“Just do it! Never say “no” to something out of fear of not doing it well. You will meet great mentors along the way who will happily guide you along,” she says.

Dr Vesa Cheng also gratefully acknowledges Dr Hafiz Abdul-Aziz who is the Workstream Lead for CRE RESPOND Clinical Dosing Studies.


 

Dr Kamrul Islam and Prof Jason RobertsCarbapenems are often considered last resort antibiotics to treat infection so clinicians must use these sparingly to avoid the emergence of antibiotic resistant pathogens. Dr Kamrul Islam has come to Australia specially to complete a PhD on this topic.

“There is an urgent need for carbapenem-sparing antibiotics for ESBL-infections. This research question has been my inspiration during doctoral research on extended-spectrum β-lactamase-producing E. coli,” he says.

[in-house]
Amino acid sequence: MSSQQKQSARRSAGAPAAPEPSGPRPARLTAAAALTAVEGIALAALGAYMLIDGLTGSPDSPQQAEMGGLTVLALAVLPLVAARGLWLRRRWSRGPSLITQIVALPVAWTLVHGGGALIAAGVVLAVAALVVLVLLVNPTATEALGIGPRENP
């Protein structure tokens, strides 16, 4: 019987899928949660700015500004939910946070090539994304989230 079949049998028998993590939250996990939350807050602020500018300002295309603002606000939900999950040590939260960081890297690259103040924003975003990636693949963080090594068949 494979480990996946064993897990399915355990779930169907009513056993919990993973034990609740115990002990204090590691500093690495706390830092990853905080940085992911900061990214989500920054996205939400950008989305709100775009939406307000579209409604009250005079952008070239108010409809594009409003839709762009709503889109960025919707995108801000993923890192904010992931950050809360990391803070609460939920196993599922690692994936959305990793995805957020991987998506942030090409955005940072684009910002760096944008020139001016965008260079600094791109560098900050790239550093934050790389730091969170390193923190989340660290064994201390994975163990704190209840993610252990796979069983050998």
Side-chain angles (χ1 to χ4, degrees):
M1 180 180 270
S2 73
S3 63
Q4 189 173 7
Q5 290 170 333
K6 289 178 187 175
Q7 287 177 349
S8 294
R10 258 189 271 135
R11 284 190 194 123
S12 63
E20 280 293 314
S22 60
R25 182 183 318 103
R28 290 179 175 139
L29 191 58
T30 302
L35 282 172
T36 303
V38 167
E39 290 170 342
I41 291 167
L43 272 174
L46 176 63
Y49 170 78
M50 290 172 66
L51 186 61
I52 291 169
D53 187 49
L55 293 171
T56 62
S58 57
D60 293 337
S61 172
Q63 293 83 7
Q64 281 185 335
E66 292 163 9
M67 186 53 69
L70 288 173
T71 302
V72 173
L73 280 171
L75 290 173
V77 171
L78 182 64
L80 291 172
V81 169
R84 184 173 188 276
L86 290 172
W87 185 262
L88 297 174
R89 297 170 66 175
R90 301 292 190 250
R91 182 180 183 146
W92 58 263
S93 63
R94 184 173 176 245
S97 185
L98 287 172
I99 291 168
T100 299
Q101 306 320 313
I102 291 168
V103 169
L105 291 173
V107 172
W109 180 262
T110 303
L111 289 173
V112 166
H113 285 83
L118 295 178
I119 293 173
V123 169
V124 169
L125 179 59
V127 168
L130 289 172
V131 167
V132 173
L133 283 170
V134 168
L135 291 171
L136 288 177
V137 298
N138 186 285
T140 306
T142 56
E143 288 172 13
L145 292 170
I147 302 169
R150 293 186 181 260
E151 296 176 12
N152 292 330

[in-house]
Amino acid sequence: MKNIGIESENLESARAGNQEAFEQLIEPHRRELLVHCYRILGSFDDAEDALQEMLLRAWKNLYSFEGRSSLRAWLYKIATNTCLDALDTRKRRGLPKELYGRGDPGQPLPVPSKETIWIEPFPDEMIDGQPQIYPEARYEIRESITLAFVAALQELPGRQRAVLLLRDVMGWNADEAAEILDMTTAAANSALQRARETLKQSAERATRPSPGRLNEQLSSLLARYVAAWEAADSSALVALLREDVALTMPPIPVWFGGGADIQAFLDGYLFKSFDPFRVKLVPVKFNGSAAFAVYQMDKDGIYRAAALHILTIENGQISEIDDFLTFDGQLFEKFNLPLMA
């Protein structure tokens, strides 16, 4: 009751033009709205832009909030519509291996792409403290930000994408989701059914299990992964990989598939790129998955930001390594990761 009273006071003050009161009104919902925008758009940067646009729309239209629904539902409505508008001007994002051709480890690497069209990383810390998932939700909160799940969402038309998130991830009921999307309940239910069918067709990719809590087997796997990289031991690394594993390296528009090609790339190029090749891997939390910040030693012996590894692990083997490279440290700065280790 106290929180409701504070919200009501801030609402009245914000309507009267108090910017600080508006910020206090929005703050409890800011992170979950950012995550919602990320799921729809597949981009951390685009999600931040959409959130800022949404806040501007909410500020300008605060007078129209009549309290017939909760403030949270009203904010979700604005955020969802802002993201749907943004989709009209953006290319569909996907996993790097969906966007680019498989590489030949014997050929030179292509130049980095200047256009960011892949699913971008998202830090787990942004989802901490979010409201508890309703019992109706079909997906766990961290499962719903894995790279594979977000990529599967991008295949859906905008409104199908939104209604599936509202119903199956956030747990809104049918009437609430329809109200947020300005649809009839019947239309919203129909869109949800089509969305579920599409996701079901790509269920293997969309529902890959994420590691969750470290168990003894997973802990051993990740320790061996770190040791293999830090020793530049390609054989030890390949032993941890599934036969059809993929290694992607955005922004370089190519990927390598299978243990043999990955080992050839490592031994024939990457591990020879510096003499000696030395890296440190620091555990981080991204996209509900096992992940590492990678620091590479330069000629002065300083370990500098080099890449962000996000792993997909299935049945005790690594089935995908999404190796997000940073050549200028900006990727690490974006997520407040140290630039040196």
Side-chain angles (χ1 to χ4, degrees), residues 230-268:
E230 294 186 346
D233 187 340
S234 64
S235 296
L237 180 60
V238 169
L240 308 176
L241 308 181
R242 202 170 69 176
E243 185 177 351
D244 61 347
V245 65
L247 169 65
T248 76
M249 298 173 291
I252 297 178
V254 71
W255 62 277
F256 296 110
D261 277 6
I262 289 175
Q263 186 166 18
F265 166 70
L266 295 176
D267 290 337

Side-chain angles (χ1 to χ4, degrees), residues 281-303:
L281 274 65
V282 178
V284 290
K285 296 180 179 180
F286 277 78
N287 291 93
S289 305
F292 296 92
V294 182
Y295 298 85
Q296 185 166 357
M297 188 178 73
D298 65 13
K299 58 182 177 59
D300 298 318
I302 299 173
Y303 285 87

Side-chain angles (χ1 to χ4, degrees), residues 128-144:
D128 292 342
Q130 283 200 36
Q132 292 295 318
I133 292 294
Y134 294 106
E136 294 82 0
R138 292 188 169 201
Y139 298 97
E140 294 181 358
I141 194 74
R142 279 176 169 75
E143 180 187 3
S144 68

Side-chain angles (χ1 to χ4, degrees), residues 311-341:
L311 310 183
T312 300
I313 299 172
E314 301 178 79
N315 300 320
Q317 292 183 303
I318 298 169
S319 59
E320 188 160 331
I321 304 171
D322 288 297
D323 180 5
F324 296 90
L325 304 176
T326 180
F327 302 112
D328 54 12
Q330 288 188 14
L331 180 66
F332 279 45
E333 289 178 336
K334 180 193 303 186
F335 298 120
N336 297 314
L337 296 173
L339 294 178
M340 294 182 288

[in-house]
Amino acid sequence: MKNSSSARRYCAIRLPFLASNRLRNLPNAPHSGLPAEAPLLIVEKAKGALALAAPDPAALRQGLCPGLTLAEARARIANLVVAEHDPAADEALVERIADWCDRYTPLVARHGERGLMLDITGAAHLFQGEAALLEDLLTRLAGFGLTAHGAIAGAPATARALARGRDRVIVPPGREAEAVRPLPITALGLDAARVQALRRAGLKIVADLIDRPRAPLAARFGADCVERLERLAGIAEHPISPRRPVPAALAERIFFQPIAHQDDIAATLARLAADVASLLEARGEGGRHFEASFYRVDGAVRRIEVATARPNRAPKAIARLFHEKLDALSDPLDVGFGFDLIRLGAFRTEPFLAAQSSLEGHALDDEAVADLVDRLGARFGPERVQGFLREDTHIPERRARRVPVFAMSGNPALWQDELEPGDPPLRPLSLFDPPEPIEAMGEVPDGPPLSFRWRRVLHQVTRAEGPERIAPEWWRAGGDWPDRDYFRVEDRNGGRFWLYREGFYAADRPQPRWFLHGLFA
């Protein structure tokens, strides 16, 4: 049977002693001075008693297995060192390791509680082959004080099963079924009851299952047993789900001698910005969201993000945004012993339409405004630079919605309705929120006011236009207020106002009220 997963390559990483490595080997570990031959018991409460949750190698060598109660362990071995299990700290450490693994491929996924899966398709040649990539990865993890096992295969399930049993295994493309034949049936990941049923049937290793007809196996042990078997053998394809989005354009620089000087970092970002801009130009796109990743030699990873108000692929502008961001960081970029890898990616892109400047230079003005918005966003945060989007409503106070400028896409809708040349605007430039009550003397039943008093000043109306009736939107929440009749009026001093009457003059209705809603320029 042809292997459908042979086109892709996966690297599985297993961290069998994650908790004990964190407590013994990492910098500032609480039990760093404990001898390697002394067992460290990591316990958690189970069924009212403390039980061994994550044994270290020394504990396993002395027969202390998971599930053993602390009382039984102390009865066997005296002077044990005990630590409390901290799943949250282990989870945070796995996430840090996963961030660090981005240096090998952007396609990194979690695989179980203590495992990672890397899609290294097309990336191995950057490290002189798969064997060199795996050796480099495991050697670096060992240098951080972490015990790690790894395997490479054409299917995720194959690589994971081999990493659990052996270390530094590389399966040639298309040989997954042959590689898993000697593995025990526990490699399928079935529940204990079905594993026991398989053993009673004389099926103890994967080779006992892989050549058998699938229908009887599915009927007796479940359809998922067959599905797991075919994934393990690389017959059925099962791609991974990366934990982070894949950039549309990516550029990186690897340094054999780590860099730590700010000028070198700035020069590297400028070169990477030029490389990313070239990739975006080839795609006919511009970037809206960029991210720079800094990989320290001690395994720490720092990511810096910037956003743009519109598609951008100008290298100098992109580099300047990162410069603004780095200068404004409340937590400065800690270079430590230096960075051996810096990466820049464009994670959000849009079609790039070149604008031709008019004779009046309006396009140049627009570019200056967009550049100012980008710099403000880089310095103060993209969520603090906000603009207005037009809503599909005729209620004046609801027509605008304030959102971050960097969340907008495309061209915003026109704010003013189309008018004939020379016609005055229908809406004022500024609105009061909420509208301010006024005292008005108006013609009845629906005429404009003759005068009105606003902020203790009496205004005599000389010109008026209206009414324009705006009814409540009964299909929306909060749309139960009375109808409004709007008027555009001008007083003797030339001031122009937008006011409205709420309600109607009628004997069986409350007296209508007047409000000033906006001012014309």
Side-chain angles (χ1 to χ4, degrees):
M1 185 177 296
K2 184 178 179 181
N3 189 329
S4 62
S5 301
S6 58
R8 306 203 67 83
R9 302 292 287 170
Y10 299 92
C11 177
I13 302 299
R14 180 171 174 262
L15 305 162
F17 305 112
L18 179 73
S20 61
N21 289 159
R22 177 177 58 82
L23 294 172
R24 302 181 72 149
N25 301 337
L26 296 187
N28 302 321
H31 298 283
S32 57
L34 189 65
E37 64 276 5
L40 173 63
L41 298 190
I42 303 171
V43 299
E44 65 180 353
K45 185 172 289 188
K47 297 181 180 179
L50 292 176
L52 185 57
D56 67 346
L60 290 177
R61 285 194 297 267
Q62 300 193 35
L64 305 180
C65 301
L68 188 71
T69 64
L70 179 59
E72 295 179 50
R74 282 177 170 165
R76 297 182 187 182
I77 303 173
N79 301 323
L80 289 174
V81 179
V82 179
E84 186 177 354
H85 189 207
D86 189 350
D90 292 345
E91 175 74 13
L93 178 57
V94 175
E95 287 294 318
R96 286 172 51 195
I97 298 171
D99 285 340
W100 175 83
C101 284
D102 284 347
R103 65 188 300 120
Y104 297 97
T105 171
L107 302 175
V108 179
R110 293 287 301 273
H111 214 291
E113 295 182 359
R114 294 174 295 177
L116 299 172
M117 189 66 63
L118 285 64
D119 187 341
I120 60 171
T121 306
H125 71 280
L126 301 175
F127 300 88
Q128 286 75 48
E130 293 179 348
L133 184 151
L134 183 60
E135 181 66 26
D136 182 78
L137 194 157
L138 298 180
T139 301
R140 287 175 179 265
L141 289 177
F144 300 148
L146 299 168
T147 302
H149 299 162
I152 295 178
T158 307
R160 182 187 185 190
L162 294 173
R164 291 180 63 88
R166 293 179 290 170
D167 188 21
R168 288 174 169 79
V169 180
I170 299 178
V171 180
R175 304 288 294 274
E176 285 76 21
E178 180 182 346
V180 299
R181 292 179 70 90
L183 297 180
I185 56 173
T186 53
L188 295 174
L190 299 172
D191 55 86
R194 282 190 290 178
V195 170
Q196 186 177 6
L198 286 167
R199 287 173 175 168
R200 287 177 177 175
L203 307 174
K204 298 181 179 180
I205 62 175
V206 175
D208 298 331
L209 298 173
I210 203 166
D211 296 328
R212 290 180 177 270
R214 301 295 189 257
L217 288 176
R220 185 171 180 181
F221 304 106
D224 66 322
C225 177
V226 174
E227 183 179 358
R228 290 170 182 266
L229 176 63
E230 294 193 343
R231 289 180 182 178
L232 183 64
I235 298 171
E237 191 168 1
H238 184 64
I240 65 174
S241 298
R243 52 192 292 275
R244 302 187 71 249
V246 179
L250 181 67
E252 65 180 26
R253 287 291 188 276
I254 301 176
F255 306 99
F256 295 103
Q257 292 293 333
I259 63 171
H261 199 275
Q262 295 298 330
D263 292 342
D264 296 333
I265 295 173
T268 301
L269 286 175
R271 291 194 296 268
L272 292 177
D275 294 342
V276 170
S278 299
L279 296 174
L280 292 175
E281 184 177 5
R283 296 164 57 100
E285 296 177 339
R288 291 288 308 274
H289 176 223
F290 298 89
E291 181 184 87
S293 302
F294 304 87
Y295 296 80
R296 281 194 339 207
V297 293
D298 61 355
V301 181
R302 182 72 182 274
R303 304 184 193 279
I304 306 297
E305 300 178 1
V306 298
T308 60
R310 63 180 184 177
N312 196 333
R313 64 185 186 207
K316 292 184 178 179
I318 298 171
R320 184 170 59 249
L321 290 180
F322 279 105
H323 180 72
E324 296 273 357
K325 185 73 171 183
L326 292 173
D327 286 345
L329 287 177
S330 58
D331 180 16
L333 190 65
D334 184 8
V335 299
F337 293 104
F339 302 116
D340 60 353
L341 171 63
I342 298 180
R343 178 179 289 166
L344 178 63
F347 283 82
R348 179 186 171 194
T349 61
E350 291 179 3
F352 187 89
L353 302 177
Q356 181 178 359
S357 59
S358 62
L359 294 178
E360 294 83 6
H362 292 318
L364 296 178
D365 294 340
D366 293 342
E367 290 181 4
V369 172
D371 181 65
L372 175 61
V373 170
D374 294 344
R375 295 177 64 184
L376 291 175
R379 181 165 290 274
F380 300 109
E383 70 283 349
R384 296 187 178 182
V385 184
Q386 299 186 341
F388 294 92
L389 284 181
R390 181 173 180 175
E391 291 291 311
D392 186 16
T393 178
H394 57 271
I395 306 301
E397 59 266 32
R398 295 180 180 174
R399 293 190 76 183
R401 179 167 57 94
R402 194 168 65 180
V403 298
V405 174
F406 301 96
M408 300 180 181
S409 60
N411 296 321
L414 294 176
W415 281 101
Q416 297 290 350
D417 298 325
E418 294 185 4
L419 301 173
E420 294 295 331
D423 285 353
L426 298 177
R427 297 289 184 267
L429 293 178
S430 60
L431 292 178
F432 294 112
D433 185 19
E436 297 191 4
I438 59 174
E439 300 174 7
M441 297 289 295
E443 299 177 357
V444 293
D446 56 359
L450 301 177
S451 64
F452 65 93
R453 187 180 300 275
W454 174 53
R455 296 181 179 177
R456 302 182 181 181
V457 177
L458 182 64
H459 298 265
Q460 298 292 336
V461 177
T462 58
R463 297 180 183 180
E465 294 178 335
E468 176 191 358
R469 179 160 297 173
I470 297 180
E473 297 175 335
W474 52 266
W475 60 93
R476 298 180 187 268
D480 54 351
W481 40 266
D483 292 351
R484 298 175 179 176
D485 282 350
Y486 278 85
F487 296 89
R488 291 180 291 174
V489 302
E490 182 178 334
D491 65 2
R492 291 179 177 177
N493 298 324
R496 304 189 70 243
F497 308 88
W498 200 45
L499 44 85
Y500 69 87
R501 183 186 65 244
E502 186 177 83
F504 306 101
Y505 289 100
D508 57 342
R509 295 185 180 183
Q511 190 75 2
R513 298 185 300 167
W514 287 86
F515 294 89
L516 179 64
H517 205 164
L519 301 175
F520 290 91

Kamrul’s research demonstrated that combining certain antibiotics together is effective treatment against ESBL-producing E.coli or difficult to treat multidrug resistant bacterial infections. This work ensures that carbapenems remain a last resort treatment and saved for the future.

With qualifications and experience as a veterinarian, microbiologist, epidemiologist, and biosafety/biosecurity consultant Kamrul was determined to further develop his knowledge and apply it to improve the country’s ability to prevent, detect and respond to the threat of infectious diseases. Having completed his PhD, he now works as a Pharmacovigilance Specialist with a leading scientific organisation, configuring safety databases, recording, and coding adverse events, consulting with specialist clients and key safety organisations.